Flexiblity or Plan?


How responsive are you?  Do you set a plan and stay the course, or get caught reacting to everything that feels urgent?  By nature I am a super structured person.  I make plans and I don’t deviate.  Organization is my gift, flexibility is not.  If I’m responsive it’s often out of urgency rather than the priority of being available.  But this is something I have been challenged by, because though it is good to be someone who follows through it is equally good to be available to respond to something different than the plan.  This makes me think of Jesus feeding the 5,000.  I relate to the disciples because their stomachs were starting to rumble as they watched the sun making it’s way across the sky.  They were aware that Jesus was doing great teaching, but if I had been there I also would have had my eye on the clock and thinking through the logistical details of everything else that needed to happen next.  When were we going to eat, and what were all these people going to do?  How were they going to travel to towns to purchase food and come back?  Or how would we pay for the food to feed them?  And yet Jesus was more concerned with being in the moment, trusting that the logistical details would be worked out.  His being in the present, didn’t prevent him from also looking ahead to the future.  But his vision for the future also didn’t hinder him from being fully available in the moment.  Jesus was able to do both: plan and be flexible.

This was true for our family a few years ago.  We were presented with an opportunity to travel to Uganda with less than a month’s notice.  It made us evaluate both our plan and our flexibility. Had we adequately planned our finances to be able to respond to an opportunity quickly?  Had we clarified our longterm vision for raising our kids, so that we could see how this opportunity might fit into our plan?  Did we have the relational margin to be flexible?  Among other things this idea of being flexible within our plan grew us the most as we said “yes,” and jumped on a plane to Uganda with our three kids.  Yes our kids had to miss school.  Yes, this affected the other things we had to spend money on.  Yes this was exactly the kind of opportunity to create vision for a life that was bigger than ourselves, and our suburban surroundings.  Flexibility AND a plan.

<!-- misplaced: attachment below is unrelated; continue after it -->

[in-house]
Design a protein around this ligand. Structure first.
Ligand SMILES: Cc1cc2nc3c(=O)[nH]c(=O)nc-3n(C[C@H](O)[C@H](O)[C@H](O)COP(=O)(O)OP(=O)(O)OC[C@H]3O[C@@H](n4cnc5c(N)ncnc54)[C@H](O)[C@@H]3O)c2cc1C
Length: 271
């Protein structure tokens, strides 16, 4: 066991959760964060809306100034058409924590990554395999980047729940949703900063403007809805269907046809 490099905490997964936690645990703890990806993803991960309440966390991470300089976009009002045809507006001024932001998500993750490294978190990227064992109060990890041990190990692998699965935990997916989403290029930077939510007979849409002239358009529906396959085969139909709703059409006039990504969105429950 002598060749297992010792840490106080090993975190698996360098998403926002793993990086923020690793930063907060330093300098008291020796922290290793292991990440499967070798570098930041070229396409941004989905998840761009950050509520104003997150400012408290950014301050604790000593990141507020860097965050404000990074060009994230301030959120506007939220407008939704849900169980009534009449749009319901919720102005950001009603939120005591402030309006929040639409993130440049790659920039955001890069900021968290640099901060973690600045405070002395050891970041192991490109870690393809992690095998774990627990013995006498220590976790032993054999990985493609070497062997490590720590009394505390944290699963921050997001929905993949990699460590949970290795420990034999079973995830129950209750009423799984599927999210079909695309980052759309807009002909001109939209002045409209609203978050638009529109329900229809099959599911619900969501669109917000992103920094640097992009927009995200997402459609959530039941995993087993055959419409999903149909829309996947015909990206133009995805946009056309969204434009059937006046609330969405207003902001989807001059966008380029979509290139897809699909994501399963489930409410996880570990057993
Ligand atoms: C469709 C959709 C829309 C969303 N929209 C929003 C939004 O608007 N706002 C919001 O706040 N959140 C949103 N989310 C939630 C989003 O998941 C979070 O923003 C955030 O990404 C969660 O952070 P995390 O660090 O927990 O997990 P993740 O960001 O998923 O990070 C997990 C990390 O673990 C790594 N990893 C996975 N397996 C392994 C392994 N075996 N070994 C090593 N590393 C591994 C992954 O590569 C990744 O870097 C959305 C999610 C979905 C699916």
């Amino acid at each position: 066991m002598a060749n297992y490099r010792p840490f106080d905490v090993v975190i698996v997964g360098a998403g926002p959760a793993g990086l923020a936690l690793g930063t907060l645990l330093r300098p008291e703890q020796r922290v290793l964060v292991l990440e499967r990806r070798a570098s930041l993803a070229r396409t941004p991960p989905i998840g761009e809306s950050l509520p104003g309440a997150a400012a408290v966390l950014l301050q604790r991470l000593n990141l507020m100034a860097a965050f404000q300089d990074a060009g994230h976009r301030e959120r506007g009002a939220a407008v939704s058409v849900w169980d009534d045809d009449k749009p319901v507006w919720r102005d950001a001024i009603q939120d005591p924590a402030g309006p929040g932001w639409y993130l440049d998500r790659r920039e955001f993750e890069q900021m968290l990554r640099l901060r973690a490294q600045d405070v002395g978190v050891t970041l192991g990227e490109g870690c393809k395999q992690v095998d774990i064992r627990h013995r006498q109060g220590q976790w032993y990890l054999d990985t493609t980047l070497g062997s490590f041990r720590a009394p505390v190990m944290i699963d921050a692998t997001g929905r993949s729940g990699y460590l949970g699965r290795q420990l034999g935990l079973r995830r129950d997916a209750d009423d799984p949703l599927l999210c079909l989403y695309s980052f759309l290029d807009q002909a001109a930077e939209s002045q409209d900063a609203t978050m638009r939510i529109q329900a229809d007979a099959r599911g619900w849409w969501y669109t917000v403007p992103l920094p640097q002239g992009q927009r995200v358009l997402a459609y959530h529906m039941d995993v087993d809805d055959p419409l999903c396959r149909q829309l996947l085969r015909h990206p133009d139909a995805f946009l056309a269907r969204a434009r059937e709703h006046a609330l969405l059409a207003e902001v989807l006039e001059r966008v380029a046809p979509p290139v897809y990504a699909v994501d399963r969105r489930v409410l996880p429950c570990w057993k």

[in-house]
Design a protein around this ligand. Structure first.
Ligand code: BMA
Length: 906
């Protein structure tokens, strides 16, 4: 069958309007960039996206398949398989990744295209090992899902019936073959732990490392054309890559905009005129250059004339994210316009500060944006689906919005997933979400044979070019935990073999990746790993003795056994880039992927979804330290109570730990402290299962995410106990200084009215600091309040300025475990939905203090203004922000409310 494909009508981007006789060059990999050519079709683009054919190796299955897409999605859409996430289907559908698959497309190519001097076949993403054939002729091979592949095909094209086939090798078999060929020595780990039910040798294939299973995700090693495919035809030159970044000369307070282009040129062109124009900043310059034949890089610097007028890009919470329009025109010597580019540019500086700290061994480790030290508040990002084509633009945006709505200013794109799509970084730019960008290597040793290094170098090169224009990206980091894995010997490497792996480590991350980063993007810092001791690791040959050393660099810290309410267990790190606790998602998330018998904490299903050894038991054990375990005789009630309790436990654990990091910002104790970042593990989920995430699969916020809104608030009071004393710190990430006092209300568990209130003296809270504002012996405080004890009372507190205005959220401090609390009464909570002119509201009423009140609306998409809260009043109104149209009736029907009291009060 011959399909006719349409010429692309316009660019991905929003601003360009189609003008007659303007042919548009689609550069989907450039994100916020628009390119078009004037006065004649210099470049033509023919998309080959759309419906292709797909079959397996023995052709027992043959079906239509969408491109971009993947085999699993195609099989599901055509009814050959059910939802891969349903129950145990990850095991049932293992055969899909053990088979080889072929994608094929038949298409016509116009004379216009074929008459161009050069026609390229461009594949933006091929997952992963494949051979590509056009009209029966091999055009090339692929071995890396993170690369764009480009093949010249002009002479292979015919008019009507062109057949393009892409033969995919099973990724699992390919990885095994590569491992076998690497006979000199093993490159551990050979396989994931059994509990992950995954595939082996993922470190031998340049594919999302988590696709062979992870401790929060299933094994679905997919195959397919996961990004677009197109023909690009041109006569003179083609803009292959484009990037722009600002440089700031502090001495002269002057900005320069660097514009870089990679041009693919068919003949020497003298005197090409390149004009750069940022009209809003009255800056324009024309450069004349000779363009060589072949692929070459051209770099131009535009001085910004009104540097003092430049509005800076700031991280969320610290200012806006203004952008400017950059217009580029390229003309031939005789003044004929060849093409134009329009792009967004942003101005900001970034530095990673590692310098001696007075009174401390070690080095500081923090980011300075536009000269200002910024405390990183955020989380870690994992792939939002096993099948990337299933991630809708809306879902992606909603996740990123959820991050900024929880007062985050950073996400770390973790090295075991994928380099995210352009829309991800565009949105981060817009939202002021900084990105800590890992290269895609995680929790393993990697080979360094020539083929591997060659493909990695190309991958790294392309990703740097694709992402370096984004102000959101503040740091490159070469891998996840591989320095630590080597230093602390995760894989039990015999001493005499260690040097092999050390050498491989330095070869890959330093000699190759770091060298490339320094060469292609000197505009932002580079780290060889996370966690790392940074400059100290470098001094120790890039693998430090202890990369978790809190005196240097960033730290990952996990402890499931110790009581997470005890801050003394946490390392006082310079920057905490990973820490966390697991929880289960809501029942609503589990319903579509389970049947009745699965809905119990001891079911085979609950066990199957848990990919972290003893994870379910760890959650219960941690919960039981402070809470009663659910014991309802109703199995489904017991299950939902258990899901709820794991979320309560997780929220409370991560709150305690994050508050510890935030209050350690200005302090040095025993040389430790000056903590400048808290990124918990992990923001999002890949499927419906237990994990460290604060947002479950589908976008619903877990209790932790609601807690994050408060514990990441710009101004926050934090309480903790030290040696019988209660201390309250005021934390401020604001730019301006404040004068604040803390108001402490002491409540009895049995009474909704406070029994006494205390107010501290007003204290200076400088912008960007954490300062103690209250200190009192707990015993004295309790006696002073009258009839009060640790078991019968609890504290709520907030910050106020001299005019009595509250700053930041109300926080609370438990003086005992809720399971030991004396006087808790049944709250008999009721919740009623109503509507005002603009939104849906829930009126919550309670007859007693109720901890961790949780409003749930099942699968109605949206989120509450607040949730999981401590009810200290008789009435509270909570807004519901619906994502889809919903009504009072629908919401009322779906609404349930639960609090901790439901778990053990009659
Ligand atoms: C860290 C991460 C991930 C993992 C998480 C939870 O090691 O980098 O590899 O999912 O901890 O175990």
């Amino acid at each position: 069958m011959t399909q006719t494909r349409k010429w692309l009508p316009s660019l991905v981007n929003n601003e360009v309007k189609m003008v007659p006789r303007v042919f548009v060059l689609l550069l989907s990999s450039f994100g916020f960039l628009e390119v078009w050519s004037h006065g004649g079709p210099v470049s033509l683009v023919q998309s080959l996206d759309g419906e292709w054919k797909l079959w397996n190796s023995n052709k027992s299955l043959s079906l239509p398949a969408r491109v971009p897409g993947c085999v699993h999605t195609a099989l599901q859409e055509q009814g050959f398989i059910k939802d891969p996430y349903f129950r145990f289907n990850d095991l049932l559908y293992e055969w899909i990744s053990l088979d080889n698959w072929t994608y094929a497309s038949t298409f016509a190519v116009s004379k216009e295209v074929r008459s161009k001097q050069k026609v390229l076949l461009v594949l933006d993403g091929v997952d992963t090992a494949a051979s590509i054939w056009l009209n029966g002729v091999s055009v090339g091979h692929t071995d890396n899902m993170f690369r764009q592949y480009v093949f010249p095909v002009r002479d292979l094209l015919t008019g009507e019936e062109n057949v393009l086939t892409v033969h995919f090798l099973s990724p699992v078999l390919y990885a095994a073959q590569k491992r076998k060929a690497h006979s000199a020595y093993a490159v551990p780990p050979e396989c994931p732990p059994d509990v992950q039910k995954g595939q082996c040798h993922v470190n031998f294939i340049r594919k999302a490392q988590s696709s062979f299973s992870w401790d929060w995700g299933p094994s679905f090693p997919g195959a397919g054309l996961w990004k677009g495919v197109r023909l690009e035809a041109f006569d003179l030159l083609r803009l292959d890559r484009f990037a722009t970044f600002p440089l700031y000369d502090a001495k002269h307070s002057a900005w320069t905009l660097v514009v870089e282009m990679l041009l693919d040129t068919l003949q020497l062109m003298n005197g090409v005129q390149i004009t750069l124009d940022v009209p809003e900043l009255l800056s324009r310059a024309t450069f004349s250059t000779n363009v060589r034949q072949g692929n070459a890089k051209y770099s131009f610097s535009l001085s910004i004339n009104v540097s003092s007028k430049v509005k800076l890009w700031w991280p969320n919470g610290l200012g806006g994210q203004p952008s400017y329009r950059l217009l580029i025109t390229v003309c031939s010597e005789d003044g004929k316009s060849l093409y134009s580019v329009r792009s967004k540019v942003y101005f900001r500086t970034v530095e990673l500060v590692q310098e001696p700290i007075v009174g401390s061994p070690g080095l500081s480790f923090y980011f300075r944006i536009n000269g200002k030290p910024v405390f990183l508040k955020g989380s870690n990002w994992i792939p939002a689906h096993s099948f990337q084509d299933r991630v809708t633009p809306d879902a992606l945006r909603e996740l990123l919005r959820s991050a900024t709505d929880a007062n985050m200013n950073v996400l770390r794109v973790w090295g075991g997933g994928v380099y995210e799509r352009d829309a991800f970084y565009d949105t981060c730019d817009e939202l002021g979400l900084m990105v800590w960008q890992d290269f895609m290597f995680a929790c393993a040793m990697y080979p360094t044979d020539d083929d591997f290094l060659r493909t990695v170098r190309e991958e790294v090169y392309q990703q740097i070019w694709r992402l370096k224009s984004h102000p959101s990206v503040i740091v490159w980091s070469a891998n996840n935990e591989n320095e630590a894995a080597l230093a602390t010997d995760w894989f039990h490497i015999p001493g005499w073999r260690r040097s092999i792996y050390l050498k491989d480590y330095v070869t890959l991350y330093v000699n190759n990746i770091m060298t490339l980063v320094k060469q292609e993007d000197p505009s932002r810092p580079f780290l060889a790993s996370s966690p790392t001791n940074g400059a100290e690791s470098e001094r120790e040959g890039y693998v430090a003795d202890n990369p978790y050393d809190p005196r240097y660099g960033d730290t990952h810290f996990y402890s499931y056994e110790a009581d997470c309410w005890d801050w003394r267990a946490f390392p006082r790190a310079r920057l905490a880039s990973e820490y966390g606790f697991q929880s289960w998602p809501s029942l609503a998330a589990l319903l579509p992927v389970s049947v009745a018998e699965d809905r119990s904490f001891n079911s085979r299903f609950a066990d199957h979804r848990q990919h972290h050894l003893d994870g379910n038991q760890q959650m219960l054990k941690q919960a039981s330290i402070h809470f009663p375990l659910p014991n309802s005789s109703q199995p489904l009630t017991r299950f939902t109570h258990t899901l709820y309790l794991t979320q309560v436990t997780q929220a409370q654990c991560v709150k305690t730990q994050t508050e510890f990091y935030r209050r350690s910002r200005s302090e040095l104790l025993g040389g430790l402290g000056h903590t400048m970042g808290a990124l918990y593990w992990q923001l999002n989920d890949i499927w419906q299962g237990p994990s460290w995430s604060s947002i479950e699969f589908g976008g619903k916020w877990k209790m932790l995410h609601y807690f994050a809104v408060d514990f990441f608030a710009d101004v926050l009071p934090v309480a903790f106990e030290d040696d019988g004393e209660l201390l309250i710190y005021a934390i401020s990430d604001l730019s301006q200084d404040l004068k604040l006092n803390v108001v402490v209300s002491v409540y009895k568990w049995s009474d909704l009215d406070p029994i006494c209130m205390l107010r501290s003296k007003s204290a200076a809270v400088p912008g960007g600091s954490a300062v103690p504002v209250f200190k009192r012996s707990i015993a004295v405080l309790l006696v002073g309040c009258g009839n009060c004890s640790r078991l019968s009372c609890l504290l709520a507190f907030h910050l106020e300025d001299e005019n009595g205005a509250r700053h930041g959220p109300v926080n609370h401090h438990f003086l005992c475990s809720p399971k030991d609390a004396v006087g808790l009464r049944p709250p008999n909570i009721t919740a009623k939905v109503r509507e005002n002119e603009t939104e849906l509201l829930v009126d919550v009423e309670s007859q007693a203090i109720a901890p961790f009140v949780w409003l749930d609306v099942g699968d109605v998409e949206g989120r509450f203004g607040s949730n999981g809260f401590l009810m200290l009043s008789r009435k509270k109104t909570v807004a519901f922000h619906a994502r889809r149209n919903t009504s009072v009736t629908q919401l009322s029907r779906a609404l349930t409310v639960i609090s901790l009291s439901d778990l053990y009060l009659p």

Jesus also had a long-term plan.  A vision of introducing people to a new way of love.  Helping them change their thinking about rule keeping and relationships and who the God was that they really served.  Jesus was walking out His vision with structure and not deviating.  Yet He was also flexible.  He knew when He needed to say ‘yes' and stay a little longer, or when it was time to go.  He had only 3 short years of ministry, yet in the Bible we never see Him hurrying.  He greeted each person and each mass of people with the same availability.  He was present, He was approachable, He was flexible in the day to day while at the same time not deviating from His master plan of bringing truth, love, healing and salvation to God’s people.  Jesus trusted His Father to work out the detail of feeding the hungry masses, and knew that by continuing to teach, heal, and be with them that they would actually receive both. 

"When his disciples thought this had gone on long enough—it was now quite late in the day—they interrupted: “We are a long way out in the country, and it’s very late. Pronounce a benediction and send these folks off so they can get some supper.”  Jesus said, “You do it. Fix supper for them.” They replied, “Are you serious? You want us to go spend a fortune on food for their supper?”  But he was quite serious. “How many loaves of bread do you have? Take an inventory.  That didn’t take long. “Five,” they said, “plus two fish.” Jesus got them all to sit down in groups of fifty or a hundred—they looked like a patchwork quilt of wildflowers spread out on the green grass! He took the five loaves and two fish, lifted his face to heaven in prayer, blessed, broke, and gave the bread to the disciples, and the disciples in turn gave it to the people. He did the same with the fish. They all ate their fill. The disciples gathered twelve baskets of leftovers. More than five thousand were at the supper.” (Mark 6: 35-44) 

Food AND increased faith.  Physical care AND spiritual care.  Flexibility AND a plan.

Our trip to Uganda was now 5 years ago, and it has become a marker for me in trusting God with the unexpected and growing in flexibility.  I will always love a plan and structure, but I am also learning to ask God to open my eyes and prioritize who He places in my path.  I will never abandon all my plans, but neither did Jesus.  So I will continue to look to His example of being unhurried, available and flexible, knowing that is also a part of the Plan.  


Sara Carlson